Intraocular Injection, Randall V. Wong, M.D., Retina Specialist, Fairfax, Virginia
Intraocular Injection

Complications of intraocular injections include;

  • Subconjunctival hemorrhage – bleeding outside the eye (scary looking), but benign
  • Pain/Discomfort
  • Cataract
  • Vitreous Hemorrhage – bleeding inside the eye
  • Retinal Detachment
  • Endophthalmitis – infection inside the eye

Retinal Detachment and Infection are the biggest concern.  The other “complications” are rather soft and either don’t cause damage or are reversible (cataract and vitreous hemorrhage).

Retinal detachment can occur if the needle enters the eye in the wrong spot and causes a hole/tear in the retina.  Additional surgery may be needed depending upon when this complication is diagnosed.  Retinal detachments can potentially cause permanent loss of vision depending upon timing.

Endophthalmitis is a nightmare.  It may occur in any intraocular procedure where the eye is penetrated by a surgical instrument.  It happens so infrequently, that it is difficult to really measure the rate at which it occurs and to study just how it occurs.  In theory, bacteria on the outside of the eye gets inside.  Does this happen during surgery, or, after?  We don’t really know.

You Have a Dirty Mouth – The eye, nose and mouth are all connected.  This is why you blow your nose after crying.   Your eye is as dirty as your mouth and nose.  There is a lot of bacteria that can cause an infection.

Pre-Operative Antibiotics are controversial.  In theory, it makes sense to treat the eye with antibiotics prior to anticipated surgery or injection.  Many cataract surgeons prescribe antibiotic drops prior to surgery, but many don’t.  The rate of infection is so low, it is hard to measure.  Many retina specialists prescribe antibiotic drops prior to intraocular injection, but many don’t (I do).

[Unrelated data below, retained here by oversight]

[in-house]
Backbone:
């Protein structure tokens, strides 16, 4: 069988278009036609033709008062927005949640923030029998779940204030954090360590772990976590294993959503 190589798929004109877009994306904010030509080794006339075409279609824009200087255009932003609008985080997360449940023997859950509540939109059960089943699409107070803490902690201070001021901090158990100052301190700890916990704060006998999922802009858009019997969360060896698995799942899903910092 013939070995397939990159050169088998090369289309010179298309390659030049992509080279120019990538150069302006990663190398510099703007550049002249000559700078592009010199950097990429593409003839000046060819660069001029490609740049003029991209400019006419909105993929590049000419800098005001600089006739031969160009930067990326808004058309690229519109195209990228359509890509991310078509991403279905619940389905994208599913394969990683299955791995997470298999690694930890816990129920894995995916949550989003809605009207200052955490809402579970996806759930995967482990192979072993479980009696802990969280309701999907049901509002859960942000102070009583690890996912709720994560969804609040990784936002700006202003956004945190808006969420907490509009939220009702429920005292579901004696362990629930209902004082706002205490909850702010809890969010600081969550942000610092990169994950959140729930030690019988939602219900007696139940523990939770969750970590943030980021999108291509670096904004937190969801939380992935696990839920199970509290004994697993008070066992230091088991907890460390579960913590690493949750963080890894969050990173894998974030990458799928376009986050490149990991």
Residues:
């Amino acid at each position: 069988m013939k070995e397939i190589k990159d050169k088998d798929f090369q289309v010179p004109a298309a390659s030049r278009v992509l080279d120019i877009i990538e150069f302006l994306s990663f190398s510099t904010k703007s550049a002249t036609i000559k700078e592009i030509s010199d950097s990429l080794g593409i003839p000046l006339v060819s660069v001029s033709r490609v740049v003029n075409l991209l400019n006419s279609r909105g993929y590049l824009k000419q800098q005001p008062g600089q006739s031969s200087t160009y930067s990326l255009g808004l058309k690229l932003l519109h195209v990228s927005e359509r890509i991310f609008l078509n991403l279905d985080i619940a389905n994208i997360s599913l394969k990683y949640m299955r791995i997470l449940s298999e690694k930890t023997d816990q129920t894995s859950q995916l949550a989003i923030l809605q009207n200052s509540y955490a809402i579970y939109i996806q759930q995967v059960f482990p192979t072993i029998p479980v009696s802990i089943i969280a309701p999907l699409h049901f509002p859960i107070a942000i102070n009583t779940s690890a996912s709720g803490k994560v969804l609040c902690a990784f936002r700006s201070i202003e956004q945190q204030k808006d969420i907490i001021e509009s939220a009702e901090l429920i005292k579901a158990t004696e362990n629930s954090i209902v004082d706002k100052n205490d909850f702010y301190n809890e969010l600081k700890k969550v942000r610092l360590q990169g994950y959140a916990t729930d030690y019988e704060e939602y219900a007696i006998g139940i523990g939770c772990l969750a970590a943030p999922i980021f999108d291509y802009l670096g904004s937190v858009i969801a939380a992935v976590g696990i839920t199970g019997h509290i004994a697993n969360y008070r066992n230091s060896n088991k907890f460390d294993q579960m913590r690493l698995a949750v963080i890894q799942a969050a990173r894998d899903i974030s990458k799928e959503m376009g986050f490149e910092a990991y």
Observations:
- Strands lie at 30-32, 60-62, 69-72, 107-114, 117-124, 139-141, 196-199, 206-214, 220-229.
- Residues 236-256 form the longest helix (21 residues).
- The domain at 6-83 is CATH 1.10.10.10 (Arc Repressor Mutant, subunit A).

A study was just published that found no difference in the rate of infection between using antibiotics before (and after) injection compared to no antibiotics.  Over 3800 injections were studied.  What is crucial; however, is the use of a lid speculum (small wire device that keeps the eyelids spread apart) and the application of a topical iodine/povidone antiseptic.

What Does This Mean? My point is to highlight that the risk of blindness due to infection is low in intraocular injections.  As injections become more widely used for diabetic retinopathy and macular degeneration, we’ll be able to better define the rate and causes of this potentially blinding complication.  Incidentally, as the use of sustained release technology is emerging, infection will become less of a concern as fewer ‘injections” will be necessary.


Randall V. Wong, M.D.
Ophthalmologist, Retina Specialist
Fairfax, Virginia

A "Toy Story"…………Stories that Blind

Most retina specialists are also surgeons.  We operate on retinal detachments, advanced diabetic retinopathy………….and trauma.  Trauma includes careless accidents involving projectiles……… toys.  This holiday season, think about eye safety.

Airsoft with Safety Eyeware
Airsoft with Safety Eyeware

Paintball – I hate this one.  A compact canister fired at a high rate of speed.  The fancier the gun, the faster the projectile.  These things even can even travel around corners!  The size of the paintball is a perfect fit between your brow and cheekbone.  Thus, ALL the force is absorbed to the eye.  I think the safety/protection is satisfactory, but the accidents happen “off the field” when the players are not expecting a shot to be fired.